We are all working to improve our health and appearance
Fad diets, working out for hours, fighting the signs of aging, and popping vitamins all in the name of good health? But have we overlooked something that can bring us lasting health benefits?
Studies have shown that one of the most important aspects of your health and well-being are healthy relationships, especially marriage. In fact, married couples enjoy significantly better health than those who aren’t.
That’s right. Saying “I Do” and vowing to be there for your spouse “in sickness and in health” takes on a whole new meaning when you link healthy relationships to your healthy lifestyle.
In an age where the divorce rate is equal to the marital rate, it’s nice to know that there are still some benefits to standing at an altar, saying “I Do” to the one who will share in this journey with you, “for richer and for poorer, in sickness and in health, so long as you both shall live.” Well, let the healthy living begin!
Here are just a few of those advantages to having a healthy marriage:
- Economic stability
- Longer lifespan
- Lower rates of heart disease
- Lower suicide rates
- Mental, psychological, emotional, physical health
- An active sex life
- Less stress
- A greater sense of well-being for children
Here’s what research has proven over the years
(These statistics were provided by Scott Haltzman, MD, a Brown University clinical assistant professor and author of the Secrets of Happy Families.)
- A whopping 90% of married women age 45 will reach their 65th birthday whereas just over 80% of divorced and never-married women will reach age 65.
- Men who are alive at age 48 had a 90% chance of reaching their 65th birthday if they were married whereas those who were single had a 60-70% chance.
- A married man who has heart disease can live, on average, almost four years longer than his unmarried counterpart with a healthy heart. (The advantages for women are similar.)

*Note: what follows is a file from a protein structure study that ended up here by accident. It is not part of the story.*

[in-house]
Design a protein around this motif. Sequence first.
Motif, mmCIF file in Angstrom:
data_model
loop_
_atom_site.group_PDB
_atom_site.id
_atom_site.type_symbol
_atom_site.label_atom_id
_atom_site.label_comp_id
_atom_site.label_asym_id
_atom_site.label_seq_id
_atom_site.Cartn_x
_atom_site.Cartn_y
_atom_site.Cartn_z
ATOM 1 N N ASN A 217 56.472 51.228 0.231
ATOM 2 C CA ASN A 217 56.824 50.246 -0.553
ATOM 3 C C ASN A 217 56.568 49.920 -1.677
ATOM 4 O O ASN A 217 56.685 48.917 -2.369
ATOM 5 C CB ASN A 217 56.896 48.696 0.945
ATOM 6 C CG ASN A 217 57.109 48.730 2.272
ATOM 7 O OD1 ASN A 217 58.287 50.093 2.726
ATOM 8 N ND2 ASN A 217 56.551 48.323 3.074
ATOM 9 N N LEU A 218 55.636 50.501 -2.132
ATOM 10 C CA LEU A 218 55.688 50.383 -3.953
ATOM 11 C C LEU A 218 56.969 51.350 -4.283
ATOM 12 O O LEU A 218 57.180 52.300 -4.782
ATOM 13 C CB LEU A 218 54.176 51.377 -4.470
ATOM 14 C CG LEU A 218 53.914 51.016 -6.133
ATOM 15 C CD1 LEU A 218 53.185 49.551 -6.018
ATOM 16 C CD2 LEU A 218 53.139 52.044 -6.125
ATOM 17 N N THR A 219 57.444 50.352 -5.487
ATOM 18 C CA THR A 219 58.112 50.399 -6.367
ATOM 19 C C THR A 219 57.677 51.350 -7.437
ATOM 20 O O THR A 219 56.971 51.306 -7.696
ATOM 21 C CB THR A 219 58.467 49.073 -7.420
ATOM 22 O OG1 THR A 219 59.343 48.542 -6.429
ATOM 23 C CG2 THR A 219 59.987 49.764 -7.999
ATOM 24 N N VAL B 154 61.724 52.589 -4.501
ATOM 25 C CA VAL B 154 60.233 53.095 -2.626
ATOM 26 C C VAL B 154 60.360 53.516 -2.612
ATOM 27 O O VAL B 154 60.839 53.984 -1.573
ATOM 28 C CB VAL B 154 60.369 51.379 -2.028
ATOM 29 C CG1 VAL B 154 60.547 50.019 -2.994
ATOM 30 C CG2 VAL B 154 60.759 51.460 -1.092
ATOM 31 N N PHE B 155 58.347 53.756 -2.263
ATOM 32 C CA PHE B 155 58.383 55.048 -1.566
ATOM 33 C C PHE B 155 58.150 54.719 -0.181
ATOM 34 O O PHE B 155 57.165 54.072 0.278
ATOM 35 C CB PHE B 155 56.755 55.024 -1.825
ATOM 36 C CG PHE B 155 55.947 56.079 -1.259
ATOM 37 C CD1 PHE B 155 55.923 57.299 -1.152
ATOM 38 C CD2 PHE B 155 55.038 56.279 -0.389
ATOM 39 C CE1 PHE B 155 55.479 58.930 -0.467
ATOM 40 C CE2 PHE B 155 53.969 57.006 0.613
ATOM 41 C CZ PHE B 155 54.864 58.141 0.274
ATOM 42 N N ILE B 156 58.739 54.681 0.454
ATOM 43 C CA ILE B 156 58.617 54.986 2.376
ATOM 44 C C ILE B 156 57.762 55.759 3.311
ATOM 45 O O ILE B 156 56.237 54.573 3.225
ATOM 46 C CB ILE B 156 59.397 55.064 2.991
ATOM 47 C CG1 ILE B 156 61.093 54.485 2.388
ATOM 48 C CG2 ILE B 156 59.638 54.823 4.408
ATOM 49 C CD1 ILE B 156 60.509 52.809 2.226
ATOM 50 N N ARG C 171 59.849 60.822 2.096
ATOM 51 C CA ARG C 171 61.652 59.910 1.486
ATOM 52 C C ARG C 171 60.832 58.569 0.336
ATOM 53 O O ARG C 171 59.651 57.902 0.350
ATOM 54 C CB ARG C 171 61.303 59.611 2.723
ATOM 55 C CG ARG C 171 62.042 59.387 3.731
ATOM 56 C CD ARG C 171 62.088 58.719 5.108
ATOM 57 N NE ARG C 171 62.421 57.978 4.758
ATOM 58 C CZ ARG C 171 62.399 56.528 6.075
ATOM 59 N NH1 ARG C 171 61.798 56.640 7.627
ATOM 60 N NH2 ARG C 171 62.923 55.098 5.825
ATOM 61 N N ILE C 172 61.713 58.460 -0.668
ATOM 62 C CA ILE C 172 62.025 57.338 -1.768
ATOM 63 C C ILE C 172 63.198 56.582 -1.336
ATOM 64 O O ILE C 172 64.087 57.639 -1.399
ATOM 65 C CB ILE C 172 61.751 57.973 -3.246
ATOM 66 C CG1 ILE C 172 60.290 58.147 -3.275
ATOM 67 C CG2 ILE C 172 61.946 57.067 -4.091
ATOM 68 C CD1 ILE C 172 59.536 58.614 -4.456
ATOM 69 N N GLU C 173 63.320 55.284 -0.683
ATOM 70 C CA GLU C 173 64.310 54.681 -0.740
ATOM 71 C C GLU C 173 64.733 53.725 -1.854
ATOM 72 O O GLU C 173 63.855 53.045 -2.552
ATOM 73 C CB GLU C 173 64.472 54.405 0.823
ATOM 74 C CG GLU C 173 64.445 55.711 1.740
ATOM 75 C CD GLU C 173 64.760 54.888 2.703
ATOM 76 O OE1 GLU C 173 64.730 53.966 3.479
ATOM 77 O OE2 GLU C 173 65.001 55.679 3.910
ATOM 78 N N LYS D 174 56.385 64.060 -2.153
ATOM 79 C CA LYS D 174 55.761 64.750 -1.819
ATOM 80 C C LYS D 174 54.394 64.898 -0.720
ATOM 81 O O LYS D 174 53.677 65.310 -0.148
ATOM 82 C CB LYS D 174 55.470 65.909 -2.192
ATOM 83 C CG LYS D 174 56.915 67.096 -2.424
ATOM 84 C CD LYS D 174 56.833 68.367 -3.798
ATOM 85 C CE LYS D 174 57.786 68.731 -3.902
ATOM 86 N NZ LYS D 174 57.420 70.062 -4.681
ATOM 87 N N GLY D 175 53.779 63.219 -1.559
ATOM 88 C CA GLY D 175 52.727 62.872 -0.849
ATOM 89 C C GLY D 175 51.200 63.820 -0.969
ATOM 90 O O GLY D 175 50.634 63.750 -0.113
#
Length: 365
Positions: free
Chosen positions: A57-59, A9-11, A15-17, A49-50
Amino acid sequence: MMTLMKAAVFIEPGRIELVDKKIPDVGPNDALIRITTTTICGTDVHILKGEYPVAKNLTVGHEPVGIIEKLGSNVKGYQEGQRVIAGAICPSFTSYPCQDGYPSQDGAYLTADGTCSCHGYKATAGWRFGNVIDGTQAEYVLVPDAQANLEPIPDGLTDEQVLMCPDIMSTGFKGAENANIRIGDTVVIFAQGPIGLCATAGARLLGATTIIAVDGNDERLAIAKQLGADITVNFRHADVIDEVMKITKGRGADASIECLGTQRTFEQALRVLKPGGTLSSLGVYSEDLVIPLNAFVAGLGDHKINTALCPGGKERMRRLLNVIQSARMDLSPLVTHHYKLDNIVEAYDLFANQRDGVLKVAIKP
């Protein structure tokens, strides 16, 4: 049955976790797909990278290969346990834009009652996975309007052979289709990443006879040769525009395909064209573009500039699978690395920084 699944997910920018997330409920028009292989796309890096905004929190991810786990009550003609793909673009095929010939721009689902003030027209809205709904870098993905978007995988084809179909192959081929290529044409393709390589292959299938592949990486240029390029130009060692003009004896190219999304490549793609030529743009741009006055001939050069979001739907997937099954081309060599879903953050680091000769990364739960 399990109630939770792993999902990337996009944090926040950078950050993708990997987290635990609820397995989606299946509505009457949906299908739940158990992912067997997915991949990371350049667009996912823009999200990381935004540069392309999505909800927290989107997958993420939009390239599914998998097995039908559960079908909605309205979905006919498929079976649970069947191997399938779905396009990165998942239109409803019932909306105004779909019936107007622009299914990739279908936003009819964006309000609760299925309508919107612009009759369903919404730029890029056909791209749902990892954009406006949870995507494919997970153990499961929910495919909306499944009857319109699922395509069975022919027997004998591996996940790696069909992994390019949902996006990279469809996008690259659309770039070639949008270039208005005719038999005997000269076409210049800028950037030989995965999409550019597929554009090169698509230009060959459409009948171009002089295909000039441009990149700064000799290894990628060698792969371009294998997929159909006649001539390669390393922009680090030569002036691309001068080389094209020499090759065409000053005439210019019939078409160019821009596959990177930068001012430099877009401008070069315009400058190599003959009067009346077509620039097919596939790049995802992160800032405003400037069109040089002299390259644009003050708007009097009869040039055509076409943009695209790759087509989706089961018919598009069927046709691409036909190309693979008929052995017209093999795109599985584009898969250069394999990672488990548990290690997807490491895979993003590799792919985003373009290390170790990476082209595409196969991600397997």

- Cancer cures are 8-17% more successful for a married patient.
- Unmarried people spend twice as long in a hospital as married people.
- A married man who is also a smoker (one or more packs a day) is expected to live as long as a divorced man who does not smoke. Plus, divorced men are more likely to smoke; married men are more likely to quit.
- The depression rate is nine times higher in single men. For unmarried women, anxiety and depression are significantly higher than that of happily married women.
- Marital separation or divorce more than doubles the risk of suicide for single men.
- Those involved in happy marriages are likely to use less alcohol, marijuana, and cocaine than those who are single.
- The percentage of alcoholics rises for separated or divorced people (70% of alcoholics were also divorced or separated, while 15% were married.)
So why are so many married people living longer, healthier lives than their unmarried counterparts?
Having a healthy relationship encourages many married men and women to partake in healthier activities such as eating better, avoiding excessive alcohol use, smoking, and risky behavior.
In fact, unmarried men actually limit their risk-taking choices up to a year prior to their wedding date.
Also, studies have shown that happily married couples are just plain happier, minimizing the risk of depression, mental illness, and suicide. This state of marital bliss has also been credited for the boost in the immune system and faster recovery from both minor and major illnesses including chronic diseases.